Freeman Vines honors a lost Black life with his ‘Hanging Tree Guitars.’
Artist Freeman Vines was captivated for a long time with an unforgettable sound he once heard from a gospel musician’s guitar. At his home near a tobacco field in the small rural town of Fountain, North Carolina, Vines then spent over 50 years hand-carving guitars out of found wood, in a relentless search for that special tone. Despite decades of creating guitars, he never found that sound again. But he found other revelations.
In the new book Hanging Tree Guitars, a collaboration between Vines, photographer Timothy Duffy, folklorist Zoe Van Buren, and published by The Bitter Southerner in association with Music Maker Relief Foundation, Vines spoke of the salvaged materials that inspired him to create these guitars, some of which appear more like sculptures than functional musical instruments. “Wood talks to me … Wood has a character, like the good cooks found out that food has a character,” Vines said in the book. More importantly, the wood that called to him had history, or a sense of spirit or purpose: the front step of a tobacco barn, a wooden trough, a piano soundboard. Of particular significance to him were two planks of black walnut wood, given to Vines by a man who had claimed that they were from a tree where a Black man had been lynched.
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Lynching is premeditated murder committed by a group of people by extrajudicial action. Lynchings in the United States first became common in the Southern United States in the 1830s, 1840s, and 1850s, at which time most of the victims were white men. Lynchings of black people rose in number after the American Civil War during Reconstruction; they declined in the 1930s. Most lynchings were of African-American men in the Southern United States, but women and non-blacks were also lynched, not always in the South. White lynchings of black people also occurred in the Midwestern United States and the border states, especially during the 20th-century Great Migration of black people out of the Southern United States. The purpose was to enforce white supremacy and intimidate black people through racial terrorism. According to Ida B. Wells and Tuskegee University, most lynching victims were accused of murder or attempted murder. Rape or attempted rape was the second most common accusation; such accusations were often pretexts for lynching black people who violated Jim Crow etiquette or engaged in economic competition with whites. Sociologist Arthur F. Raper investigated one hundred lynchings during the 1930s and estimated that approximately one-third of the victims were falsely accused. On a per capita basis, lynchings were also common in California and the Old West, especially of Latinos, although they represented less than 10% of the national total. Native Americans, Asian Americans, Italian Americans, Greek Americans, Jewish Americans, and others were also lynched. Other ethnicities, including Finnish Americans and German Americans were also lynched occasionally.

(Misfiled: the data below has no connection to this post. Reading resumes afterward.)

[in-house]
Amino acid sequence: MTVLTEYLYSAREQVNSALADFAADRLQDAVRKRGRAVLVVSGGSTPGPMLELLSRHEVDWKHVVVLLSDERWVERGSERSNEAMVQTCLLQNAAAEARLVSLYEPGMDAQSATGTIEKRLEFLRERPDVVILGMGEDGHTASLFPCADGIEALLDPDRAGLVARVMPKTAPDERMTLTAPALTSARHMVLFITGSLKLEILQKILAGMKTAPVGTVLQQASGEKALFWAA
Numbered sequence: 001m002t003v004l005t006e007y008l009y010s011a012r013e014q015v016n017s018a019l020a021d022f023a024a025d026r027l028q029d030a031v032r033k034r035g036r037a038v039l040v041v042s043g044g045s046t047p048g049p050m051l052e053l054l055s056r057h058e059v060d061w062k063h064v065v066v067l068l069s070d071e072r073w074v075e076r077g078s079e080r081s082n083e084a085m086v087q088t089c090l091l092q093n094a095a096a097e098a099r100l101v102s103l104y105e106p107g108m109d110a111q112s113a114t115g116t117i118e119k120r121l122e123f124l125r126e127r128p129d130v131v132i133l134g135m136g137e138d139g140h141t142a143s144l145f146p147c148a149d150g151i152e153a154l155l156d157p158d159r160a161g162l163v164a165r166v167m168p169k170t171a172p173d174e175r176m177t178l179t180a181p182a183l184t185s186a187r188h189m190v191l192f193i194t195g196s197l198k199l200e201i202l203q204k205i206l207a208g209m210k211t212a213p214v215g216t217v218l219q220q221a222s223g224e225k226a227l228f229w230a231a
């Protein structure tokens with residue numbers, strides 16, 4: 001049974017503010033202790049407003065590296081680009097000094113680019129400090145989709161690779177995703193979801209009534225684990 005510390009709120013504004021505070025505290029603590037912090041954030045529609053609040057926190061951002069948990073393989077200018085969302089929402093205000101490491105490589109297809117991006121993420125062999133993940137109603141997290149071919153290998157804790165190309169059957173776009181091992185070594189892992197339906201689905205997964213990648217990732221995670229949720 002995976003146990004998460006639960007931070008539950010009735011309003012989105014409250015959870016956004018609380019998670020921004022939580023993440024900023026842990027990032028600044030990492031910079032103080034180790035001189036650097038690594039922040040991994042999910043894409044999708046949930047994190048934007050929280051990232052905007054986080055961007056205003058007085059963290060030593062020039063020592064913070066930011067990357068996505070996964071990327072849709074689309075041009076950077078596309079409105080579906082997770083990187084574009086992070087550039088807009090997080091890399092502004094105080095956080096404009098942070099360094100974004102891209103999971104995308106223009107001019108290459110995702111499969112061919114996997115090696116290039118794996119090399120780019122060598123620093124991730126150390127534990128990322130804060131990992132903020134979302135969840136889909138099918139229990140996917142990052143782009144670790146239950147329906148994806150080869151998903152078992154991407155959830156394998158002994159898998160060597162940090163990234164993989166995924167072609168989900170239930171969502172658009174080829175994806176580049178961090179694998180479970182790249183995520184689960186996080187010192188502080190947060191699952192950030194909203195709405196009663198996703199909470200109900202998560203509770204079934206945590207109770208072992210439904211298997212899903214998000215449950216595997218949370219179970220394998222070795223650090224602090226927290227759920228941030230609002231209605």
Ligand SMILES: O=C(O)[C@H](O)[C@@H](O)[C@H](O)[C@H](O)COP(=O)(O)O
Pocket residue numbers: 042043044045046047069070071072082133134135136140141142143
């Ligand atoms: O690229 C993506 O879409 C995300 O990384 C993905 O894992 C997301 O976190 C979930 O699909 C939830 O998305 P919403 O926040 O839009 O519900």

According to the Tuskegee Institute, 4,743 people were lynched between 1882 and 1968 in the United States, including 3,446 African Americans and 1,297 whites. More than 73 percent of lynchings in the post–Civil War period occurred in the Southern states. According to the Equal Justice Initiative, 4,084 African Americans were lynched between 1877 and 1950 in the South.
The stereotype of a lynching is a hanging because hangings are what crowds of people saw and are also easy to photograph. Some hangings were professionally photographed and sold as postcards, which were popular souvenirs in some parts of the U.S. “Although most people think only of hanging, lynching means much more.” Victims were also killed in a variety of other ways: shot repeatedly, burned alive, forced to jump off a bridge, dragged behind cars, and the like. Sometimes they were tortured as well; body parts were sometimes removed and sold as souvenirs in stores. Occasionally lynchings were not fatal (see Lynching survivors in the United States). A “mock” lynching, putting the rope around the neck of someone suspected of concealing information, might be used to compel “confessions” (see Lynn Council).
Lynchings were most frequent from 1890 to the 1920s, with a peak in 1892. Lynchings were often large mob actions, attended by hundreds or thousands of watchers. As in the case of Ell Parsons, they were sometimes announced in advance in newspapers and in one instance (Fred Rochelle) with a special train. However, in the later 20th century lynchings became more secretive, and were conducted by smaller groups of people.
According to Michael J. Pfeifer, the prevalence of lynching in postbellum America reflects a lack of confidence in the “due process” judicial system. He links the decline in lynching in the early twentieth century with “the advent of the modern death penalty”: “legislators renovated the death penalty…out of direct concern for the alternative of mob violence”. He also cites “the modern, racialized excesses of urban police forces in the twentieth century and after” as having characteristics of lynching.
On April 26, 2018, in Montgomery, Alabama, The National Memorial for Peace and Justice opened. Founded by the Equal Justice Initiative of that city, it is the first large memorial to document lynchings of African Americans in the United States.
Source – Lynching in the United States (Updated: 26 September 2020) Wikipedia. Available at https://en.wikipedia.org/wiki/Lynching_in_the_United_States : (Accessed: 01 October 2020)